Da­mon, Green­grass back for more Bourne

The Covington News - - NEWTON @ PLAY -

In “The Bourne Ul­ti­ma­tum,” di­rec­tor Paul Green­grass has crafted an in­tense thriller and fit­ting con­clu­sion to the Bourne tril­ogy. Eas­ily the best in the genre since 2006’s “Casino Royale,” “Ul­ti­ma­tum” pushes the ac­tion to the lim­its of con­ven­tional film­mak­ing.

The movie be­gins, oddly enough, dur­ing the end of “The Bourne Supremacy,” with an in­jured Ja­son Bourne (Matt Da­mon) chased by po­lice in a crowded Rus­sian train sta­tion. Dur­ing the chase, Bourne has the first of many flash­backs, re­veal­ing piece by piece just how he be­came the killing ma­chine au­di­ences have been fol­low­ing for 5 years.

This sets the tone for the rest of the film, which is ba­si­cally just one long chase scene bro­ken up by flash­backs and quiet mo­ments of re­flec­tion. More so than in the pre­vi­ous two films, Bourne is the pur­suer, a man search­ing for his true ori­gins.

This pur­suit leads Bourne to a Lon­don re­porter who has writ­ten sev­eral ar­ti­cles about the mys­te­ri­ous as­sas­sin. The CIA is also af­ter the re­porter, who fool­ishly dis­cussed Black­briar, the name of a covert gov­ern­ment pro­gram, on his cell phone. Both Bourne and the gov­ern­ment could care less about the re­porter, but in­stead want the name of his source. This leads to an in­tense and spec­tac­u­larly chore­ographed cat and mouse game be­tween Bourne, CIA agents and an as­sas­sin in a crowded mar­ket­place.

The ex­change leaves both sides with only clues to the source’s where­abouts. Th­ese leads take Bourne around the globe to ex­otic lo­cals in­clud­ing Spain, Tang­iers and fi­nally back to where it all started in New York.

Da­mon plays Bourne per­fectly, giv­ing a min­i­mal­ist per­for­mance with just the right bal­ance of cold cal­cu­la­tion and hu­man­ity. He is be­liev­able both in the tense fight se­quences and in the film’s few quiet, thought- ful scenes. To say Bourne is a man of few words would be an un­der­state­ment, so Da­mon has to con­vey the char­ac­ters emo­tion through sub­tle looks and ac­tions.

The rest of the cast, as al­ways, is su­perb. Joan Allen re­turns as Pamela Landy, Bourne’s com­pas­sion­ate CIA pur­suer from “Supremacy.” Also re­tun­ing is Ju­lia Stiles as Nicky Par­sons, Bourne’s old han­dler and the only other char­ac­ter to ap­pear in all three films.

In a way, Nicky re­places Marie, Bourne’s mur­dered love in­ter­est from the first two in­stall­ments. Their re­la­tion­ship is fi­nally ex­plored and a past af­fair is hinted at, but never fully re­vealed. Most of Da­mon’s few lines of di­a­logue are re­served for scenes with Stiles.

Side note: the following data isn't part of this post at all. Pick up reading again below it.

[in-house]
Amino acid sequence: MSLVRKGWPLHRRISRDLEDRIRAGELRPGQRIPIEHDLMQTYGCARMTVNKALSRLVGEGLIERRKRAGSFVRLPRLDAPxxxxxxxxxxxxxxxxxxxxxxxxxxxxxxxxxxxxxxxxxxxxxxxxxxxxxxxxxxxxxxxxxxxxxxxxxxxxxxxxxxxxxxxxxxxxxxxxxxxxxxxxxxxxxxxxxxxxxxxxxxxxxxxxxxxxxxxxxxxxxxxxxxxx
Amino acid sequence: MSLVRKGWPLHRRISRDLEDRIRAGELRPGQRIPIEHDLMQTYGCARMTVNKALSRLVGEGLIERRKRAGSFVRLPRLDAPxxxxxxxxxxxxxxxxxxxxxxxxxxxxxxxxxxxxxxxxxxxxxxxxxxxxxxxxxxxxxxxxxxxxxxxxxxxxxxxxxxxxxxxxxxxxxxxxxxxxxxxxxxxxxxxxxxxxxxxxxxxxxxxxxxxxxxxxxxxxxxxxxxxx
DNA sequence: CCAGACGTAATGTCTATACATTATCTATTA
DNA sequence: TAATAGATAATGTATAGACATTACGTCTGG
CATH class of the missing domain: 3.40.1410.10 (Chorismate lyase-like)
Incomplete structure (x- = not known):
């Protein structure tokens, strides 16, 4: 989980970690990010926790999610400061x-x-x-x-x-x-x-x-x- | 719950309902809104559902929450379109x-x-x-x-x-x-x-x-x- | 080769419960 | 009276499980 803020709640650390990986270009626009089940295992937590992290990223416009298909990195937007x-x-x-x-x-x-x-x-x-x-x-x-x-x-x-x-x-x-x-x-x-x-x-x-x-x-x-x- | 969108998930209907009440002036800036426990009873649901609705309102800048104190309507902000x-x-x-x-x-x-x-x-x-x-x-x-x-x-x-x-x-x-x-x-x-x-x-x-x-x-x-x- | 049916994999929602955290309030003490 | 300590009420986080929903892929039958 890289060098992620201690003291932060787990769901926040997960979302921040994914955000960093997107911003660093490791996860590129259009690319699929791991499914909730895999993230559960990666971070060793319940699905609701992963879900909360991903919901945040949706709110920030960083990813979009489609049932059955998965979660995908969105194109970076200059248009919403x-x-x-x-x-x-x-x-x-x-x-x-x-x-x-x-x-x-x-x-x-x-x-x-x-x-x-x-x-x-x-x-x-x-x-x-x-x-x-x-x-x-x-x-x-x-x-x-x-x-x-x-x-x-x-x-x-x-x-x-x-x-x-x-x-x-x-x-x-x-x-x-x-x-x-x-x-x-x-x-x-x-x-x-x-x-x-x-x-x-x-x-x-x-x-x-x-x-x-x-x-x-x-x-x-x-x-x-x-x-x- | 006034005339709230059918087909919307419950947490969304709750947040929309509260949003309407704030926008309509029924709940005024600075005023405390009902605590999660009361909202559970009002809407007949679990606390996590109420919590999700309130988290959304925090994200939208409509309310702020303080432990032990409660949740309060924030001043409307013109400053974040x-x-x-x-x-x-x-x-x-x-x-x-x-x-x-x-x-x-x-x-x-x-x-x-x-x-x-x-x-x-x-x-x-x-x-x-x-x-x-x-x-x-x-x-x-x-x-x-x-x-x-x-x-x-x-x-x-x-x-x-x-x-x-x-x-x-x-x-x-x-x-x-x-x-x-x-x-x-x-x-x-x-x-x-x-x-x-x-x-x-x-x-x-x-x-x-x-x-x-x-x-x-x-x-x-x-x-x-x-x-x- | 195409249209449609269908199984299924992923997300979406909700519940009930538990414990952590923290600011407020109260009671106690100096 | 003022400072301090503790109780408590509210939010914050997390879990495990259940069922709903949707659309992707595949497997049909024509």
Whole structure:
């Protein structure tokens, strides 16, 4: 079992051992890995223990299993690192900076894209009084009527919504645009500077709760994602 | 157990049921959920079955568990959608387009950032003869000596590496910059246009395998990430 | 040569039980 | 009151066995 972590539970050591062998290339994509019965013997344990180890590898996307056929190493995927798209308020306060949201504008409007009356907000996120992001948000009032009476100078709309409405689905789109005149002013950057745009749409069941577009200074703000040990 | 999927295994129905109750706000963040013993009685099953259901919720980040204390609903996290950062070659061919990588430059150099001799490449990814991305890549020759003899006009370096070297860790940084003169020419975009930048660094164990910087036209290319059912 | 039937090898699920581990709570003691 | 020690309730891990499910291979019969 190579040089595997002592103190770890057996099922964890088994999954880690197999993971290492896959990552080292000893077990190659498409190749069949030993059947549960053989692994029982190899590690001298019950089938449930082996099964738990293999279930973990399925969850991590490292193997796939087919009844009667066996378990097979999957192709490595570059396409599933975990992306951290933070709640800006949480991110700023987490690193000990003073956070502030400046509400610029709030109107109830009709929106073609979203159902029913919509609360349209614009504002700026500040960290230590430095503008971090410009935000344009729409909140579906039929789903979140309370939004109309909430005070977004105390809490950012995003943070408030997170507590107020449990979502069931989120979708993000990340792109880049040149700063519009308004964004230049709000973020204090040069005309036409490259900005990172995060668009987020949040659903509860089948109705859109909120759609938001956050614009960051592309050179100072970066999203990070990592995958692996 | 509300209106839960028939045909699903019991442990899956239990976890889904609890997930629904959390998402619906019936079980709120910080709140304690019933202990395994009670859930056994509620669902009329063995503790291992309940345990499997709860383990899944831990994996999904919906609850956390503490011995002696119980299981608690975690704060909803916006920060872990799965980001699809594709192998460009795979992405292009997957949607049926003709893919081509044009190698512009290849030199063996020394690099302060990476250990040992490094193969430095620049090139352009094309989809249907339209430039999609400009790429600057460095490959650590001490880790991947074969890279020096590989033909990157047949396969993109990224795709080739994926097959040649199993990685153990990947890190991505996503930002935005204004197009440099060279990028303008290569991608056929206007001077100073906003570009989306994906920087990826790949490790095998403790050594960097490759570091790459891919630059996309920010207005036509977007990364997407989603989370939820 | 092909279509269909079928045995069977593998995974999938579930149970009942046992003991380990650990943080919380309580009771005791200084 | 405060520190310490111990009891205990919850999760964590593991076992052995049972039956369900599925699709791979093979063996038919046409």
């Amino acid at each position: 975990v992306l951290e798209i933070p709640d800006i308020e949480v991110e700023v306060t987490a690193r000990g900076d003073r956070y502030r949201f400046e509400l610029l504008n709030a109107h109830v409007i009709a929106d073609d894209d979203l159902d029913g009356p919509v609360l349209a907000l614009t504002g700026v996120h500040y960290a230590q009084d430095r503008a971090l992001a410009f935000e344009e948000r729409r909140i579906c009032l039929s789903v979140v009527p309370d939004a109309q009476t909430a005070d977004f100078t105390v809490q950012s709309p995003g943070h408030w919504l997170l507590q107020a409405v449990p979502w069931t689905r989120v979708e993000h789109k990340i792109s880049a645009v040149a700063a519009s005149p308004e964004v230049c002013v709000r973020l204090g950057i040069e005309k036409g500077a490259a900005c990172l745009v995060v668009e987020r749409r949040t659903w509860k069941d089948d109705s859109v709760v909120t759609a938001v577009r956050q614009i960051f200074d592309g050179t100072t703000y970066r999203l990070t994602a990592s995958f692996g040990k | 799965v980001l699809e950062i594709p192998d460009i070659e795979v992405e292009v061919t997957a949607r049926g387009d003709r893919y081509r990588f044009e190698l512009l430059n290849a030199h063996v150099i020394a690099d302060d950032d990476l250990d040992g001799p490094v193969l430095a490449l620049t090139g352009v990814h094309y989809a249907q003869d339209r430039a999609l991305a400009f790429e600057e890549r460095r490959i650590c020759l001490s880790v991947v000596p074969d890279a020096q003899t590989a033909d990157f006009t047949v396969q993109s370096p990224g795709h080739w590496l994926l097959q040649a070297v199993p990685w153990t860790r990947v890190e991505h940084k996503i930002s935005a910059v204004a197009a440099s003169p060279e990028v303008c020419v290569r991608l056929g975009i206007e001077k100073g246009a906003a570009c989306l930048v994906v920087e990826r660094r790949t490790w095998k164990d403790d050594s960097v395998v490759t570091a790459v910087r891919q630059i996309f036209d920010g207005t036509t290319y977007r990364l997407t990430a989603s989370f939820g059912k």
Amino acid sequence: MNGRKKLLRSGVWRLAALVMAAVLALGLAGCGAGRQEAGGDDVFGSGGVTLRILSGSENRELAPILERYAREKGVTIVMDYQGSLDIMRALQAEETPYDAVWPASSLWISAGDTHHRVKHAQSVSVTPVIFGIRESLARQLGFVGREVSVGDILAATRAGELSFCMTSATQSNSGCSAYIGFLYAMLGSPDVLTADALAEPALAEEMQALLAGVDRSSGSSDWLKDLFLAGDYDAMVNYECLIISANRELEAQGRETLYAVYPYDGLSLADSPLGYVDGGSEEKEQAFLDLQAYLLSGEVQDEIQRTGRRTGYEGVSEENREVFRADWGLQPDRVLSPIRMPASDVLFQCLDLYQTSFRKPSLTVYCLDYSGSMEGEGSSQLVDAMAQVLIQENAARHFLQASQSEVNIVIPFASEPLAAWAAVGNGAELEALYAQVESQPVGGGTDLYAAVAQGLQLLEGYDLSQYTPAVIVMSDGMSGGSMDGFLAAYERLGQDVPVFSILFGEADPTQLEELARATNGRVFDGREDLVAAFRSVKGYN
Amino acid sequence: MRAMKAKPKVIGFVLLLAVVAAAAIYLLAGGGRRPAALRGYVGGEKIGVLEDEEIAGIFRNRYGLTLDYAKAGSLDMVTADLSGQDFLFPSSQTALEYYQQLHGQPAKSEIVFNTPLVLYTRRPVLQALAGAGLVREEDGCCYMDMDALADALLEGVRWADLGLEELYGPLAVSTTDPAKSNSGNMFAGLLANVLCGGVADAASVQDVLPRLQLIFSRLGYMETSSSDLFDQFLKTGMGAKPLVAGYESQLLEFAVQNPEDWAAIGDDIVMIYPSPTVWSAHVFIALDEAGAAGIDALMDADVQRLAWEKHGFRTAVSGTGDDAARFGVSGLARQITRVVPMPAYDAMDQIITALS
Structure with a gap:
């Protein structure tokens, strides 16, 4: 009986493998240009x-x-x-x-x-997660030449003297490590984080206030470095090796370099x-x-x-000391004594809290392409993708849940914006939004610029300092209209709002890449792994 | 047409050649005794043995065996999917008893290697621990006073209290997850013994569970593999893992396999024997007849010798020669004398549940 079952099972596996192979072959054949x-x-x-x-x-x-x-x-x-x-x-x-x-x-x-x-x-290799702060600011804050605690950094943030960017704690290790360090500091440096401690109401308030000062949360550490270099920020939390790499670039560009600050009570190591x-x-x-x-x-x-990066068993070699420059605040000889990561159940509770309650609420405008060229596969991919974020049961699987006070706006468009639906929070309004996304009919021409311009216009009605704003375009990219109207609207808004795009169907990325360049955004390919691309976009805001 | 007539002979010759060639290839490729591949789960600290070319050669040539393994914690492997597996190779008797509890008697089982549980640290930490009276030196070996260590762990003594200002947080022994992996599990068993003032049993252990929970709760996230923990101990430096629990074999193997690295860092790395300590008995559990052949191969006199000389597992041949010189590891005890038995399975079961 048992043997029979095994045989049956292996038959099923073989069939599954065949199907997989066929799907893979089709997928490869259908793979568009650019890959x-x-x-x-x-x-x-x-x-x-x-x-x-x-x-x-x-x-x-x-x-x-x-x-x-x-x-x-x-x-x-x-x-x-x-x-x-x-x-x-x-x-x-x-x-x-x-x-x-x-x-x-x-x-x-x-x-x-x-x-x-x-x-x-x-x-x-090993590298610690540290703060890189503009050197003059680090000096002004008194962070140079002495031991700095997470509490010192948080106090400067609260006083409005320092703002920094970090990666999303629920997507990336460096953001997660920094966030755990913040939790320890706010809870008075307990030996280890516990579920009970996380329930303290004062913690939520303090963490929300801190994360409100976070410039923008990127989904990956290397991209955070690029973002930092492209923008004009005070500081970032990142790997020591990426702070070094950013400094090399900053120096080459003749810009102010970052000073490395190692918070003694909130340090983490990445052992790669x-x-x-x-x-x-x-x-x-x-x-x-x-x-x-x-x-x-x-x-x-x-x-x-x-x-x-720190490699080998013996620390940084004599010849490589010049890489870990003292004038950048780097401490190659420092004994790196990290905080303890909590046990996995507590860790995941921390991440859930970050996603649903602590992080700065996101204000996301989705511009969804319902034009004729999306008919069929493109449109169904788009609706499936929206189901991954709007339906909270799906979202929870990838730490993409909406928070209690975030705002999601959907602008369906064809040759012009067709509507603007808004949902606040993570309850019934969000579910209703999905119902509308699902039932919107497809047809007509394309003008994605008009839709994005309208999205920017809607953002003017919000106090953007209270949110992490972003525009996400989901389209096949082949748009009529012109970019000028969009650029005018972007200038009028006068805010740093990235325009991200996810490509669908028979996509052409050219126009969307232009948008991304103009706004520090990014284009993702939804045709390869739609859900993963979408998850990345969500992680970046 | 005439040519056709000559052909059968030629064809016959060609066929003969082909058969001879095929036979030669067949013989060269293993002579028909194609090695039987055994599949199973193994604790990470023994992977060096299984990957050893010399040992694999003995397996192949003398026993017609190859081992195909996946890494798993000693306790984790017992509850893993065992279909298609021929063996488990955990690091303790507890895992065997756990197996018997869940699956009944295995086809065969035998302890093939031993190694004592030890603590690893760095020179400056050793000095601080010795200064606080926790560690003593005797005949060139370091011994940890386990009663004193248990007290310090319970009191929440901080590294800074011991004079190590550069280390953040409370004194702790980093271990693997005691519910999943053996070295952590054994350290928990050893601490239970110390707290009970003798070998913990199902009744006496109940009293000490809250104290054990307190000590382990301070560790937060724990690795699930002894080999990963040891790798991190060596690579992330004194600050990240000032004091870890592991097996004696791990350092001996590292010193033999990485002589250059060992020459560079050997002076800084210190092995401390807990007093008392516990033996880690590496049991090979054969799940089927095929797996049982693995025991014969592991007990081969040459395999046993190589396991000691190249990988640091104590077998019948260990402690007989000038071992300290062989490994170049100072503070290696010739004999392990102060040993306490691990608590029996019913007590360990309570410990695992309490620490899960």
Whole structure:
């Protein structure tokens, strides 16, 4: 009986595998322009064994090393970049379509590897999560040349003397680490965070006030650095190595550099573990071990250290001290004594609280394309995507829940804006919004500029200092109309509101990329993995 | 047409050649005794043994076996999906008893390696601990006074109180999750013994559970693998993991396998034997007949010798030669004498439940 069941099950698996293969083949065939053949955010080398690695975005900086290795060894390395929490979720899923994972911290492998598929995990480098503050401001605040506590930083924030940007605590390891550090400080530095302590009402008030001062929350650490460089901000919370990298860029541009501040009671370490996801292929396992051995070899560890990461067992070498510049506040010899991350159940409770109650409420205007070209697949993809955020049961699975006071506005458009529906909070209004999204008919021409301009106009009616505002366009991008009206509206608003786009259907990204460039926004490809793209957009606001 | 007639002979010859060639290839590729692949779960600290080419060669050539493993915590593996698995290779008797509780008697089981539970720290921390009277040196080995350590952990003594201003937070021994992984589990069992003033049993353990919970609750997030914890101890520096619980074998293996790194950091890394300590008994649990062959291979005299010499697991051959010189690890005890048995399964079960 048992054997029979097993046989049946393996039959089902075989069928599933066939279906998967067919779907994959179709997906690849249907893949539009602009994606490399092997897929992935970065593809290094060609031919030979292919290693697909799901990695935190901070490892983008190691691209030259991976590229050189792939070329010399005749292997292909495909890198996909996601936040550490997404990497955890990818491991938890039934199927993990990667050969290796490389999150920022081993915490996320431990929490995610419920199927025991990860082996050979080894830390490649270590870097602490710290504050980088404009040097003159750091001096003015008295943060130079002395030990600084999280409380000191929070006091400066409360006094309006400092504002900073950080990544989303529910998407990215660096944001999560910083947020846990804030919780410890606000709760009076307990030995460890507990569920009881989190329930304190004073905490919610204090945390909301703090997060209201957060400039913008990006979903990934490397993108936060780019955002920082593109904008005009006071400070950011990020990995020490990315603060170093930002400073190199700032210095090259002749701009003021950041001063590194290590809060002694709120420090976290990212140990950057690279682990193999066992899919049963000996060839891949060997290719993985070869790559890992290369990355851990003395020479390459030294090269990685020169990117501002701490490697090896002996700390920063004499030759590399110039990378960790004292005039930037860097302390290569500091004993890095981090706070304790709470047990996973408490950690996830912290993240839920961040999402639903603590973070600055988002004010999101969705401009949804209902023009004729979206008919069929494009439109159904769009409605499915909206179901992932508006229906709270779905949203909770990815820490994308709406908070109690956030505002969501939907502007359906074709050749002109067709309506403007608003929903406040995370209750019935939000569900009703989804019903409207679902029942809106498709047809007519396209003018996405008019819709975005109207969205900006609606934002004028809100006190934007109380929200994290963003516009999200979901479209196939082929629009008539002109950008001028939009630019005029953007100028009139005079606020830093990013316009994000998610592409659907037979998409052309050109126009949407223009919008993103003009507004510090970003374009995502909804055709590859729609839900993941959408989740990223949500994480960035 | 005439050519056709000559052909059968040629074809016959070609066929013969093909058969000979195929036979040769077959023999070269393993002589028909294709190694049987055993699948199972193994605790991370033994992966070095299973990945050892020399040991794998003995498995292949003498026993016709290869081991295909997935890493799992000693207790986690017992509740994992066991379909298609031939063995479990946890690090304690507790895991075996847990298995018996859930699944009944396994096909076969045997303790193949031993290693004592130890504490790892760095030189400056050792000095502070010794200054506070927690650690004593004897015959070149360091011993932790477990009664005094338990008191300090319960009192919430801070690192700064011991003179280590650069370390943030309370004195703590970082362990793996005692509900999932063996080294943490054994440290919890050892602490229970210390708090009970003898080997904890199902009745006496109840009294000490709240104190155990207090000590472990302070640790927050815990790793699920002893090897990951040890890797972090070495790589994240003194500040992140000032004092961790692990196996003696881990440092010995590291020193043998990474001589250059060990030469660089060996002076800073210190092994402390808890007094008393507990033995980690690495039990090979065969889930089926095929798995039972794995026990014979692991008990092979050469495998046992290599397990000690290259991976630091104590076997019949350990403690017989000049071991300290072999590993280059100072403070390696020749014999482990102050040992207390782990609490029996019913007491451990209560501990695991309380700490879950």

New to the cast is the wel­come edi­tion of David Strathairn as Noah Vosen, Bourne’s lead hunter and head of the Black­briar pro­gram. Strathairn is great as a man who eas­ily jus­ti­fies his hor­rific ac­tions by deem­ing them to be in the coun­try’s best in­ter­ests.

The ac­tion is in­tense to the break­ing point. A chase across Tang­iers’ rooftops and an even- tual fist­fight be­tween Bourne and an as­sas­sin is per­haps the most ex­cit­ing and tense scene in any film this year.

Green­grass’ fran­tic cam­era move­ment works to cre­ate a sense of ur­gency and ten­sion, but al­most pushes too far. Even dur­ing the films quiet scenes, the cam­era is con­stantly shak­ing in an­tic­i­pa­tion for the mo­ment the ac­tion picks back up. At one hour and 51 min­utes, “Ul­ti­ma­tum” is just long enough for Green­grass’ vis­ual style. This has been true for the en­tire fran­chise which, at a to­tal of 315 min­utes, is slightly longer than the fi­nal two in­stall­ments of “Pi­rates of the Caribbean.”

Un­like some other fran­chises, the Bourne films are a true tril­ogy that tells one co­he­sive story, so those who did not like, or who have not seen the first two in­stall­ments, need not bother. Fans of the se­ries should be thor­oughly sat­is­fied by the in­tense ac­tion and per­for­mances in the sup­posed fi­nal chap­ter in the Bourne saga.


Paramount Pic­tures

Dan­ger­ous en­coun­ters: Am­ne­siac, ex-se­cret agent Ja­son Borune re­turns for more break-neck ac­tion and heart-thump­ing sus­pense in “The Bourne Ul­ti­ma­tum.”

Tyler Smith

Film Critic

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